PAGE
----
Inherent Vice (2014)
★ / ★★★★
If I were to jot down the positive qualities that “Inherent Vice” had, the page would be close to blank. With a running time of two and a half hours, it feels significantly, tortuously longer because the screenplay and direction by Paul Thomas Anderson fail to engage the viewers in such a way that it makes a drug-fueled underworld look like a bloody automobile accident one could not help but watch.
Sportello (Joaquin Phoenix) is a licensed private investigator who decides to ask questions after his ex-girlfriend’s disappearance. The last time they spoke to one another, Shasta (Katherine Waterston) confessed that she has been made aware of a scheme that involves two people wanting to send the man she is currently seeing—a major league real estate figure—to a mental hospital. Sportello becomes a suspect when he is found by the cops, led by Lieutenant Detective Bjornsen (Josh Brolin), regaining consciousness next to a corpse in the middle of the desert.
Not for one second is the protagonist a convincing investigator. Superficially, we observe him floating from one connection after another, often addicted to drugs themselves, but he does not ask enough probing questions—questions that incite reaction or any surprising insight about the mystery at hand. Oftentimes the characters engage in whispers and mumblings—the camera real close to their faces—so low-key that the scenes become bland, boring, soporific, so dragged on that the running time becomes unjustified.
The material neglects to give us a good reason why we should care about the detective or the missing girl. Their relationship is not anything special. One can argue that they do not even have a relationship to begin with—at least one that is deep or lasting. Sportello comes across as lazy, dirty, deadly dull when interacting with others. Other than the one scene that sets up the story, we learn not one interesting thing about Shasta. I would like to personally ask the director why he thinks this story is worth telling.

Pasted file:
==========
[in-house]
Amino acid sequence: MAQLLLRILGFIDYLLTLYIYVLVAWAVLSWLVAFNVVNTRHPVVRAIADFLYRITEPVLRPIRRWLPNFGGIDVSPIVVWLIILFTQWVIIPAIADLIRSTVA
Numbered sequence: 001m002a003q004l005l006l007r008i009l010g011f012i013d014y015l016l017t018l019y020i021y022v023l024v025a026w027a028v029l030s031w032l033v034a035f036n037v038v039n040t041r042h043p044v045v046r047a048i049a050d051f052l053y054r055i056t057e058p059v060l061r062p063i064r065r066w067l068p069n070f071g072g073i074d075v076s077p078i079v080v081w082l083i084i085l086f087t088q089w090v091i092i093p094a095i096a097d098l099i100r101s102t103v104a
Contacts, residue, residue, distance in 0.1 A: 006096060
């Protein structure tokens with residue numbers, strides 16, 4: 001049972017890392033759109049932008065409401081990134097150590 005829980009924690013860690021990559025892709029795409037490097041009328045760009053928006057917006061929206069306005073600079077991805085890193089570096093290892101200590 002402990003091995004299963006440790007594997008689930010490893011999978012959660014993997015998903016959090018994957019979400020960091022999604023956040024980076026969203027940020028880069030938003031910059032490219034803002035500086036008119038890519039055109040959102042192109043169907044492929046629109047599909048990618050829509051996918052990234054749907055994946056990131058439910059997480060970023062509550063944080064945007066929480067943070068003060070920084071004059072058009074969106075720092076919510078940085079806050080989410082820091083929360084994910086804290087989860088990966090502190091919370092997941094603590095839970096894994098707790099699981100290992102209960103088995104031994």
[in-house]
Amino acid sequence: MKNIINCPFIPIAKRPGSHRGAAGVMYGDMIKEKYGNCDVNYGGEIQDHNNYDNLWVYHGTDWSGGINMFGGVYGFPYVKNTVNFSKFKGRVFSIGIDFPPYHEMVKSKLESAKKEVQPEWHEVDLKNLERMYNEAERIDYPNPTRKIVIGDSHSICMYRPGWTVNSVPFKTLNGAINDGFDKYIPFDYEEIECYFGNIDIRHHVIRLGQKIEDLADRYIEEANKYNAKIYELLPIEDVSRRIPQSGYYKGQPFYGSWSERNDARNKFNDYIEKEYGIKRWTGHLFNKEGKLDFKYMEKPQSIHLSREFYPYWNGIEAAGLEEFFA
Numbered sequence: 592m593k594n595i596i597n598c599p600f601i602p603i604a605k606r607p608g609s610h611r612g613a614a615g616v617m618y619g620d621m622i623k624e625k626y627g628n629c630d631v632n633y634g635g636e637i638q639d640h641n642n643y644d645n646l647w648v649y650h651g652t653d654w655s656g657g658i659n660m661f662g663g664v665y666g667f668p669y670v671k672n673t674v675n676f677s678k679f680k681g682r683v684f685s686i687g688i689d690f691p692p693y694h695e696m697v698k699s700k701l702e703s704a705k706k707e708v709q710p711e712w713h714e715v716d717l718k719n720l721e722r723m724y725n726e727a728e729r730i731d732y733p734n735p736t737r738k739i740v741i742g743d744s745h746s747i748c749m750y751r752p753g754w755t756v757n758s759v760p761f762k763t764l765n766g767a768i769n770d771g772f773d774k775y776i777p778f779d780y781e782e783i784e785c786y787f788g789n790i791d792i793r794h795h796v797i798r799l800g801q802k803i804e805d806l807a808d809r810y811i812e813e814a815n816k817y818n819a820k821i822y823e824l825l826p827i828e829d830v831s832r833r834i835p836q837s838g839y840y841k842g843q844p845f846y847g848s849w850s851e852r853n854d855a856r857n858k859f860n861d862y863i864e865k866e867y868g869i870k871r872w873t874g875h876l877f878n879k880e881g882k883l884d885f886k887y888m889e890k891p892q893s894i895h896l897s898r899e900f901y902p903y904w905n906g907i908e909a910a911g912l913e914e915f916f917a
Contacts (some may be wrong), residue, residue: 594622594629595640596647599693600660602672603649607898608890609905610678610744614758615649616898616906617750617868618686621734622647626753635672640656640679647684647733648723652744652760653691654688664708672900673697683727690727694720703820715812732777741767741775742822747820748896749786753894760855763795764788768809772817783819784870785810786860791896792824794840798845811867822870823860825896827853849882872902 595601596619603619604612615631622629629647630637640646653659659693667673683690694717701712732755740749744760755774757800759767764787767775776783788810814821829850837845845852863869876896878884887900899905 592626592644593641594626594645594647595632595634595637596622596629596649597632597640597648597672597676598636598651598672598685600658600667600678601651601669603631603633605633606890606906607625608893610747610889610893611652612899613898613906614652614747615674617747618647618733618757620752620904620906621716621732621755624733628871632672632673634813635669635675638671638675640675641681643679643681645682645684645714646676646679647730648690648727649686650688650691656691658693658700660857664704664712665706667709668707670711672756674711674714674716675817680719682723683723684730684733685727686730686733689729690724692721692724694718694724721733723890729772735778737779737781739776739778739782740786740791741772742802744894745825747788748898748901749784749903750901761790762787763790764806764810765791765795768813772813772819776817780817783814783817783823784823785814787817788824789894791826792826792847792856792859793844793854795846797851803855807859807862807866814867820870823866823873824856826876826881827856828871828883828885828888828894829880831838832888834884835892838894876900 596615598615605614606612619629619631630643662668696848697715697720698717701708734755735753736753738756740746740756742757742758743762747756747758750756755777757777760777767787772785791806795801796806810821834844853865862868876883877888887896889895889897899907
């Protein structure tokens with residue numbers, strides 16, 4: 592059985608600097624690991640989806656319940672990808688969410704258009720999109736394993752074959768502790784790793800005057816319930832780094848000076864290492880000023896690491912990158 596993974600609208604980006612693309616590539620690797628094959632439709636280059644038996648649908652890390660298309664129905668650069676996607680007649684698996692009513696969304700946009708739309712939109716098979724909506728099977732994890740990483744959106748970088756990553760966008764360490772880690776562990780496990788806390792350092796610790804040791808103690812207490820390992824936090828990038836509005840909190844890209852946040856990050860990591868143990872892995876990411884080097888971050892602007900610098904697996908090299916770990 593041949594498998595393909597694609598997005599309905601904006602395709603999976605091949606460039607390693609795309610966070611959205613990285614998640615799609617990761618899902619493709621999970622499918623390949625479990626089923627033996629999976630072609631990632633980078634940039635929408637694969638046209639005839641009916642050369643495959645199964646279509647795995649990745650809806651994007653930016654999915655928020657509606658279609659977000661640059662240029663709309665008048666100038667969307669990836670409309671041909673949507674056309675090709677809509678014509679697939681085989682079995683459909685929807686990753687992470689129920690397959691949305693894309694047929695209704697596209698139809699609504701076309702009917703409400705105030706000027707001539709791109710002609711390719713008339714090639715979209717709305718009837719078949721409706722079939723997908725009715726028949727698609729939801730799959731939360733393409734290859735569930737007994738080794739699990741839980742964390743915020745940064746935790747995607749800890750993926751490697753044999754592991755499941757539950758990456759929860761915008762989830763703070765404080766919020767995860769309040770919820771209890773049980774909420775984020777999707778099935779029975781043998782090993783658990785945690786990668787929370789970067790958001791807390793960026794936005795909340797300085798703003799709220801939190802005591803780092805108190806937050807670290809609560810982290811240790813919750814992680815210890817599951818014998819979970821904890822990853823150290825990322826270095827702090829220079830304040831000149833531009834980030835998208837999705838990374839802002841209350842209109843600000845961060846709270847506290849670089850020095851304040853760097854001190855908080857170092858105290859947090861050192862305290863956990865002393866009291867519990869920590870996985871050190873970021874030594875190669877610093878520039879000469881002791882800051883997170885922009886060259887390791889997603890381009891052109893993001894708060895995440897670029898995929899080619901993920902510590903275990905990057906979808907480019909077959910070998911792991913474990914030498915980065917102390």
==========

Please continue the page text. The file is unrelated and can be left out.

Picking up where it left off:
This is a film teeming with caricatures, not real people. This would not have been a problem if the material consistently made an active attempt to criticize a particular time, place, group people, or way of thinking. But the picture is not a criticism of anything—not through comedy, satire, or condemnation. It is a straight-faced drama with no marrow to it. Thus, what results is a one-dimensional dross with actors in it who utter lines but they themselves look like they have no idea what the movie is attempting to accomplish.
People will defend this movie for its brazen insularity. They are entitled to do that. Not me. I could not go up to someone, genuinely tell them that it is worth seeing, and feel good about it. A movie can be inaccessible emotionally or intellectually, maybe both, yet still offer a great experience through, for example, visual artistry or how the work tends to stick to the viewer’s brain long afterwards.
I understood “Inherent Vice,” based on the novel by Thomas Pynchon, on the basis of what it tries to accomplish, but I wished that the writer-director understood the importance of translating a book to the screen. Some might say one has to read the book first and then watch the movie so the work can be understood. Wrong. It is most critical that the material be digestible through a cinematic experience. Otherwise, why spend millions of dollars to make something that gives nothing yet steal everybody’s time?